Druid’s Book Club
Quick Take: Business management lessons on how the tech giant Google has continued its dominance. I loved it.
I read “How Google Works” a few years ago and thoroughly enjoyed it. So much so that I decided to read it again.
“How Google Works” is written by a former Google CEO (Eric Schmidt) and former Google Head of Products (Jonathan Rosenberg). The book contains lessons from a decade at one of the most successful companies in history. They touch on an array of topics that they believe have contributed to Google’s success – Culture, strategy, innovation, talent management, etc. The book revolves around the idea that a business’s success in the information age hinges on its ability to attract and motivate the best and brightest (what they call “smart creatives” – Smart people who work hard and are willing to question the status quo).
“How Google Works” is filled with invaluable wisdom for running any company (even if you are not a behemoth like Google). To illustrate these lessons, Eric & Jonathan share numerous stories from the inner workings of Google.
If you’re into business management/strategy books, I cannot recommend this one highly enough. I’ll probably read it again a few years from now.
Some of My Favourite Quotes:
“We understood … that the way to fend off Microsoft was continuous product excellence, yet we also understood that the best way to achieve that excellence was not via a prescribed business plan, but rather by hiring the very best engineers we could and then getting out of the way.”
“Messiness … is a frequent by-product of self-expression and innovation, it’s usually a good sign. And squashing it, which we’ve seen in so many companies, can have a surprisingly powerful negative effect. It’s OK to let your office be one hot mess.”
“…it is the quality of the idea that matters, not who suggests it.”
“The best cultures invite and enable people to be overworked in a good way, with too many interesting things to do both at work and at home. So if you are a manager, it’s your responsibility to keep the work part lively and full; it’s not a key component of your job to ensure that employees consistently until forty-hour workweek.”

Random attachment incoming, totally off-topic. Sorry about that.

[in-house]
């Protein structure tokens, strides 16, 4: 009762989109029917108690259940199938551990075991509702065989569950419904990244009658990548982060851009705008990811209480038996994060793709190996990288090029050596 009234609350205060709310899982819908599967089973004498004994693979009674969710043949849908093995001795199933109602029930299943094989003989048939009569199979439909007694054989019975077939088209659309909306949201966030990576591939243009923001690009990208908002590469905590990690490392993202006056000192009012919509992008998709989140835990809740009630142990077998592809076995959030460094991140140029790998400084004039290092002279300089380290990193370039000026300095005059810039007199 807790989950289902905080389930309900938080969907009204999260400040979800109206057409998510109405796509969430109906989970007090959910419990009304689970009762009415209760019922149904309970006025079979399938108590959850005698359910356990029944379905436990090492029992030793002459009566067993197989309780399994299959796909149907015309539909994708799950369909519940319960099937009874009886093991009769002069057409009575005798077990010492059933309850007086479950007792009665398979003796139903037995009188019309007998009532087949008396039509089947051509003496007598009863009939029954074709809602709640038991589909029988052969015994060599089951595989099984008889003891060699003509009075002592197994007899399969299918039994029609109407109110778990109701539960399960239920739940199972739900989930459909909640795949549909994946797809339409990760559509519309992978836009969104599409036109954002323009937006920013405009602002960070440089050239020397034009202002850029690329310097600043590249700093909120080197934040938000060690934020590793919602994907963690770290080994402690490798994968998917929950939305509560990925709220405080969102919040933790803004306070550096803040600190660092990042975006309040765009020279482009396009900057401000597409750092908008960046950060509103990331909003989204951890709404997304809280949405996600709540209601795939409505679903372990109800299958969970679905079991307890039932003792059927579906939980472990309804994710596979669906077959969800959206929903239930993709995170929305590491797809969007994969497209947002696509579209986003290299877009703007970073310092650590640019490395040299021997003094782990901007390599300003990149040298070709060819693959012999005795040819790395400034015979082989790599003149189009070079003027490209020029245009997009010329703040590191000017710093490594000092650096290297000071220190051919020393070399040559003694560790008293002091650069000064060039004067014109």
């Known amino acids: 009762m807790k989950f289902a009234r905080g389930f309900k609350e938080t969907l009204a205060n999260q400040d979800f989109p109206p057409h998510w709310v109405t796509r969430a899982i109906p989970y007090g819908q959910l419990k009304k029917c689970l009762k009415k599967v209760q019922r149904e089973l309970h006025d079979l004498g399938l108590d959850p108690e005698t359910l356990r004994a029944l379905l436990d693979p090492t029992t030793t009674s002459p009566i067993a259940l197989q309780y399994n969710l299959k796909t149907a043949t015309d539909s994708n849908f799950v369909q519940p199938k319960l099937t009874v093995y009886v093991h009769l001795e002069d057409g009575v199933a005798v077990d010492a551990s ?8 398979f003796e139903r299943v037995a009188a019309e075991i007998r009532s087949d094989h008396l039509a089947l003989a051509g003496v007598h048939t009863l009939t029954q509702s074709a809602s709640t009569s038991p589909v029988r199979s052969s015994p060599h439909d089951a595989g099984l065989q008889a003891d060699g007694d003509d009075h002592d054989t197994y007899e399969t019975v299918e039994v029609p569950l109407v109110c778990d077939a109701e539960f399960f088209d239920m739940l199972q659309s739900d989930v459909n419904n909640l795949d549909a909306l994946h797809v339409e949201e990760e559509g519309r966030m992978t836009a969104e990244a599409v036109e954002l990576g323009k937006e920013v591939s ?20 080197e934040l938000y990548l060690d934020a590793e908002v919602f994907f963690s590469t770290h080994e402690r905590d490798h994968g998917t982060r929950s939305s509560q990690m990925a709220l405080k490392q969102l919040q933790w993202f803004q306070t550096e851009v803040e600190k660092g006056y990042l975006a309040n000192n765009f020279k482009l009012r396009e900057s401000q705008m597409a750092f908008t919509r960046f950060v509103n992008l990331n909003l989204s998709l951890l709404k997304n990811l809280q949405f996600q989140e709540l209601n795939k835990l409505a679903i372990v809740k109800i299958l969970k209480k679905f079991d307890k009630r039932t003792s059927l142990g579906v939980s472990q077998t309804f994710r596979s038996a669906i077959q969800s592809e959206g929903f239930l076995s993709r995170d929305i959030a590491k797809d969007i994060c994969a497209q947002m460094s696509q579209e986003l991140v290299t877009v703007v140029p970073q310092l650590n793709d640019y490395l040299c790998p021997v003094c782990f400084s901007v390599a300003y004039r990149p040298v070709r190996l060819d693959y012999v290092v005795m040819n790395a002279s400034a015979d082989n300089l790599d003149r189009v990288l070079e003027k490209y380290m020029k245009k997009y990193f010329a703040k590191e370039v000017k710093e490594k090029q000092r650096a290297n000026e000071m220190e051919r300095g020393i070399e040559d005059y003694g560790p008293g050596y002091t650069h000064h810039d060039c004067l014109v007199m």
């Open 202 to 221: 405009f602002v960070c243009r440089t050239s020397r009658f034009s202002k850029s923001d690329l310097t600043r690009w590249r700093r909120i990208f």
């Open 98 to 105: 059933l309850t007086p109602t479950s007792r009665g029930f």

“When Israeli tank commanders head into combat, they don’t yell “Charge!” Rather, they rally their troops by shouting “Ah’cha’rye,” which translates from Hebrew as “Follow me.” Anyone who aspires to lead smart creatives needs to adopt this attitude.”
“Giving the customer what he wants is less important then giving him what he doesn’t yet know he wants.”
“If you focus on your competition, you will never deliver anything truly innovative. … Be proud of your competition. Just don’t follow them.”
“For a manager, the right answer to the question “What is the single most important thing you do at work?” is hiring. … The higher up you go in most organizations, the more detached the executives get from the hiring process. The inverse should be true. … hiring well takes a lot of work and time. But it is the best investment you can make.”
“Favoring specialization over intelligence is exactly wrong…”
“Pay outrageously good people outrageously well, regardless of their title or tenure. What counts is their impact.”
“The best way to retain smart creatives is to not let them get too comfortable, to always come up with ways to make their jobs interesting.”
“Because people seldom leave over compensation, the first step to keeping them is to listen. They want to be heard, to be relevant and valued.”
“…the best way to avoid having to fire underperformers is not to hire them.”
“If you’re not sure if a course of action is right, the best thing you can do is try it out and then correct course.”
“One of the most important decisions any business leader makes is how to spend his or her time.”
“Innovative people do not need to be told to do it, they need to be allowed to do it.”